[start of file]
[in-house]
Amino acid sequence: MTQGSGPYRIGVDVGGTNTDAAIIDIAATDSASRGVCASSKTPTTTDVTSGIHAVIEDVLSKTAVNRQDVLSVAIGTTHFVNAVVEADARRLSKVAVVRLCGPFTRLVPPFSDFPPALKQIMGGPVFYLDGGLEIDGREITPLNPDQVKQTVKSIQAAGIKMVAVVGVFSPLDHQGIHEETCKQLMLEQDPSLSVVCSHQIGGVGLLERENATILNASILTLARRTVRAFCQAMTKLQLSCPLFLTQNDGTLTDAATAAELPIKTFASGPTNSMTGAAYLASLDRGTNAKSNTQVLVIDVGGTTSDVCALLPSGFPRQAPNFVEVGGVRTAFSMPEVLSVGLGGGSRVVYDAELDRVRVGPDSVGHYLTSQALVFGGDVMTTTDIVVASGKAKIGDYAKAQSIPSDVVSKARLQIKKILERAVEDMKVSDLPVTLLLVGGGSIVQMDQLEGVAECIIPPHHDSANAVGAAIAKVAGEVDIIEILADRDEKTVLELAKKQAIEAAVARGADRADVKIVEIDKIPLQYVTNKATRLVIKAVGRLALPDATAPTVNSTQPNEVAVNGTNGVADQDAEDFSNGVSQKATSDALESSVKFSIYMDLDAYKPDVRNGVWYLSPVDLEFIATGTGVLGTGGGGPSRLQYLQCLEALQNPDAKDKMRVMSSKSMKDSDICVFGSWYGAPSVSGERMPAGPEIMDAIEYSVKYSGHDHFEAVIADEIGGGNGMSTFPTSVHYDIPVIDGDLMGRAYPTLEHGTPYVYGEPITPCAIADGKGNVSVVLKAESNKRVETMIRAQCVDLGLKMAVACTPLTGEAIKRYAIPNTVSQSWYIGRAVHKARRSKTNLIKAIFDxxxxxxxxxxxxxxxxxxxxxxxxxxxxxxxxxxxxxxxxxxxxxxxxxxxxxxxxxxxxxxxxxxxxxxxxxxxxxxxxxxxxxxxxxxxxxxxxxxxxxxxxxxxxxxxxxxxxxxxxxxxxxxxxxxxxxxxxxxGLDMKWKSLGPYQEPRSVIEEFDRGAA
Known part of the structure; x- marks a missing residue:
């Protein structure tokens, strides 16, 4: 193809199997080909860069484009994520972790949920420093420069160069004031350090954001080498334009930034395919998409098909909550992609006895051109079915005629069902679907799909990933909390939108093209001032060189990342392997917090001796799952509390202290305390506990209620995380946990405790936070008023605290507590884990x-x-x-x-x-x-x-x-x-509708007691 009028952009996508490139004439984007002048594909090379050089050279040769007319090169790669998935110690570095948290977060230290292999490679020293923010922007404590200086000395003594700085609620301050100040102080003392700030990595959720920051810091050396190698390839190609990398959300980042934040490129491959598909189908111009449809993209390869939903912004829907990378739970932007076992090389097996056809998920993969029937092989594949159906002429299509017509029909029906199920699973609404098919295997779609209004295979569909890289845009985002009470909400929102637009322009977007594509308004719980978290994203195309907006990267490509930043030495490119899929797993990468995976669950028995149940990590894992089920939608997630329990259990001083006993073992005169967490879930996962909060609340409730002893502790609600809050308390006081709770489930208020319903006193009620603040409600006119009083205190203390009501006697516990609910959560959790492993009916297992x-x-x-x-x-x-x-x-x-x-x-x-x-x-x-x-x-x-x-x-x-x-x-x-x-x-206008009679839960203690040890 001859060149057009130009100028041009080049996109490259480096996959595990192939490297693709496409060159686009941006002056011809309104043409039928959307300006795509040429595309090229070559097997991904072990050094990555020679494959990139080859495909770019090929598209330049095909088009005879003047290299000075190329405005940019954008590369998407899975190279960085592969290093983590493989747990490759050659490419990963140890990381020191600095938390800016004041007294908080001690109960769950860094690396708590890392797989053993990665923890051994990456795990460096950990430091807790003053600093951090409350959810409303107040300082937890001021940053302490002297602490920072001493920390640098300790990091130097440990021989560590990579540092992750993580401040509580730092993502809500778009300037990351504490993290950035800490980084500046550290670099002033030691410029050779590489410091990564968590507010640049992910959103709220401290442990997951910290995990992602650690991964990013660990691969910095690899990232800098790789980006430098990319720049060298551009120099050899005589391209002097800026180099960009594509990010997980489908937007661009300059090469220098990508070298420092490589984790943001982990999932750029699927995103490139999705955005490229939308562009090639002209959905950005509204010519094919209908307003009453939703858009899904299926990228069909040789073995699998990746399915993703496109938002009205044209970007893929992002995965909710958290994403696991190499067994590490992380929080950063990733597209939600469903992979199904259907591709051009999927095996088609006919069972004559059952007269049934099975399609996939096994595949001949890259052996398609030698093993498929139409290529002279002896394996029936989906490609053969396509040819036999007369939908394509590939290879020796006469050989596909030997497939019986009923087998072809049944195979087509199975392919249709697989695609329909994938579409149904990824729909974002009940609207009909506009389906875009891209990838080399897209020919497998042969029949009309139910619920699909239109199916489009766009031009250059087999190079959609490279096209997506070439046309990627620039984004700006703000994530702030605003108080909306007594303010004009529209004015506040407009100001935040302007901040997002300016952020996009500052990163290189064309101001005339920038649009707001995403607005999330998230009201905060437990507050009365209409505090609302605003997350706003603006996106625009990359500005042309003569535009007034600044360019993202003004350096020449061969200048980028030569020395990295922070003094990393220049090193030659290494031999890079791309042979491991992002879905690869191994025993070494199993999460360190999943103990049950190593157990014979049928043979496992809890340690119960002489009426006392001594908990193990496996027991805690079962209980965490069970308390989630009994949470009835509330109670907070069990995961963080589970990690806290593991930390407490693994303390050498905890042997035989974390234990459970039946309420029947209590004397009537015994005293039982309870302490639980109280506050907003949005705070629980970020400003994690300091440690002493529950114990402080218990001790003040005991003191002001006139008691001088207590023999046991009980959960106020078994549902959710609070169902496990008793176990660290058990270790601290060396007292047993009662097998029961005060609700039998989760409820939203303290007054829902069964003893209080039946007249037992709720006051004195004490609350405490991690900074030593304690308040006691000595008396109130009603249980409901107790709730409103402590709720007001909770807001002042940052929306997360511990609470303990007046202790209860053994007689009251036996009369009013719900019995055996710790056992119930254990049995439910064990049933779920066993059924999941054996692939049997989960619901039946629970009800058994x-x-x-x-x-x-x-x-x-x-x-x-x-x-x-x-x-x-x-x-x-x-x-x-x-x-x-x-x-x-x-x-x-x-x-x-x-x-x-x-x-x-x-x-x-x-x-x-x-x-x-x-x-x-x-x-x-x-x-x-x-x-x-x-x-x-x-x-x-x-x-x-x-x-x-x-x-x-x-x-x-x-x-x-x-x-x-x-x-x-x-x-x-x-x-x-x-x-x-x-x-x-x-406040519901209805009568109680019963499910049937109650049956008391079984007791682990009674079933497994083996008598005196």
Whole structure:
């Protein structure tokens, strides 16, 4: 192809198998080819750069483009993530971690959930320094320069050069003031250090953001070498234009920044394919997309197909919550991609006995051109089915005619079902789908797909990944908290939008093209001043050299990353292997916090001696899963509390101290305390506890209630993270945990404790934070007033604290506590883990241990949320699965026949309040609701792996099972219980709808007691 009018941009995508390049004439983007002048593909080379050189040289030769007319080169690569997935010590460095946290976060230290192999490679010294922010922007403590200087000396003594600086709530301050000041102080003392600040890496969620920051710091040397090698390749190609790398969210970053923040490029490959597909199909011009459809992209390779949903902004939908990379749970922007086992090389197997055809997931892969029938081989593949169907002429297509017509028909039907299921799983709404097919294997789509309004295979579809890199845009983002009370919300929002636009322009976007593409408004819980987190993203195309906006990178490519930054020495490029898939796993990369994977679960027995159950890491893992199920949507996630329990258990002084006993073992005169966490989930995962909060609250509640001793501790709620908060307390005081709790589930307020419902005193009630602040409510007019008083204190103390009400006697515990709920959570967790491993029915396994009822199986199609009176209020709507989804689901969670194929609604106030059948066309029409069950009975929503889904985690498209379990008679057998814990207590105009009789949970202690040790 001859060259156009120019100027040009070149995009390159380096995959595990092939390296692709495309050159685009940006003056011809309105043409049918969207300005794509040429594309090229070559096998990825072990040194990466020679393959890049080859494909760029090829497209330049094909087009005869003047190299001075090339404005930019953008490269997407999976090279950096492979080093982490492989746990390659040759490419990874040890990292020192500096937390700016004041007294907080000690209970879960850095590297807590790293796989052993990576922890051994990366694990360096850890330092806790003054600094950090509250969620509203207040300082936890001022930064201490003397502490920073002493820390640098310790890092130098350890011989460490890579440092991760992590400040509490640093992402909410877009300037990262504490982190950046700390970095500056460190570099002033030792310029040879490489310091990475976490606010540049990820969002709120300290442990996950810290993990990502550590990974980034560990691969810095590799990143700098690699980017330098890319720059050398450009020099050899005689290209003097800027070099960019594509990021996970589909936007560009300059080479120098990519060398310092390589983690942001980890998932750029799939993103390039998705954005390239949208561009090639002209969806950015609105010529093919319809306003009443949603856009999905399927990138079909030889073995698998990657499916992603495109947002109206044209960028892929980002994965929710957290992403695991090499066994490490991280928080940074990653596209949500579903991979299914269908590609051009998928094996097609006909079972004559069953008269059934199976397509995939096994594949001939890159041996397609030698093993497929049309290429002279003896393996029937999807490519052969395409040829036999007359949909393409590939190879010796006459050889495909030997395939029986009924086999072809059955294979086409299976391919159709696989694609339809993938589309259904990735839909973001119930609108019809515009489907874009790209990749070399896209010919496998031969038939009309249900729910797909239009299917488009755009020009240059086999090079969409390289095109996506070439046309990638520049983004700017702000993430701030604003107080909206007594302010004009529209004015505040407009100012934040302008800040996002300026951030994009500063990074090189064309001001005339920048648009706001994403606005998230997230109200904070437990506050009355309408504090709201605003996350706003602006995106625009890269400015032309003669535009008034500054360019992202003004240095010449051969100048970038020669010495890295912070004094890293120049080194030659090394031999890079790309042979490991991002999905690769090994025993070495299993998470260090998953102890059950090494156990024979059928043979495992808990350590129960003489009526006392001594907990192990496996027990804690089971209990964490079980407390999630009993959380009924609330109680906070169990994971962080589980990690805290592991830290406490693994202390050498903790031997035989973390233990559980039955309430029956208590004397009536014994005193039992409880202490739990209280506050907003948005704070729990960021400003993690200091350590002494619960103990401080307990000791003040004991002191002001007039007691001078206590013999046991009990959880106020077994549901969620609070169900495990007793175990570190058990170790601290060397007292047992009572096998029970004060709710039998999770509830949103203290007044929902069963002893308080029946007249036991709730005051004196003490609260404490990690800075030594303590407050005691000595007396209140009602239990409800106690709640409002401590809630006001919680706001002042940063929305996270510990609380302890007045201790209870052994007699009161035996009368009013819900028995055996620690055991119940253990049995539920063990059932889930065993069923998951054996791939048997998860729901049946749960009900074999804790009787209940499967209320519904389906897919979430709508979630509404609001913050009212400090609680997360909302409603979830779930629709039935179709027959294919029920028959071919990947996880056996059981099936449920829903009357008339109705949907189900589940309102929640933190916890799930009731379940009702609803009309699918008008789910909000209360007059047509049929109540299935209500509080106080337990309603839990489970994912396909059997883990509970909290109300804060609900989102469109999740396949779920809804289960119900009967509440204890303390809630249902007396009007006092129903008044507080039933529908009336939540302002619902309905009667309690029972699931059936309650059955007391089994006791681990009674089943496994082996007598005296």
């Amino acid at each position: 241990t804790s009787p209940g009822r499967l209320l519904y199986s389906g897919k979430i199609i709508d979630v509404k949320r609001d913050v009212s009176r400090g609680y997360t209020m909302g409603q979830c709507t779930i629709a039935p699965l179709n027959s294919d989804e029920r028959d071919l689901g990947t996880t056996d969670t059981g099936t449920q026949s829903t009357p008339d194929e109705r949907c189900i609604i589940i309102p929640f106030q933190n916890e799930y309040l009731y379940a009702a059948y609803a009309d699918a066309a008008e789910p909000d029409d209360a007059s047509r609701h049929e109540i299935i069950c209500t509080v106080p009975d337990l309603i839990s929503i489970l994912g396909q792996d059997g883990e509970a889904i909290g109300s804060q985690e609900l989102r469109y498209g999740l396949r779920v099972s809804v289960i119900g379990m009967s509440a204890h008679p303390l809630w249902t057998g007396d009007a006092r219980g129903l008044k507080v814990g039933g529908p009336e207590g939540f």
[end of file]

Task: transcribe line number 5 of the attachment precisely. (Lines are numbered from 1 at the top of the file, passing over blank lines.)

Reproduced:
Whole structure: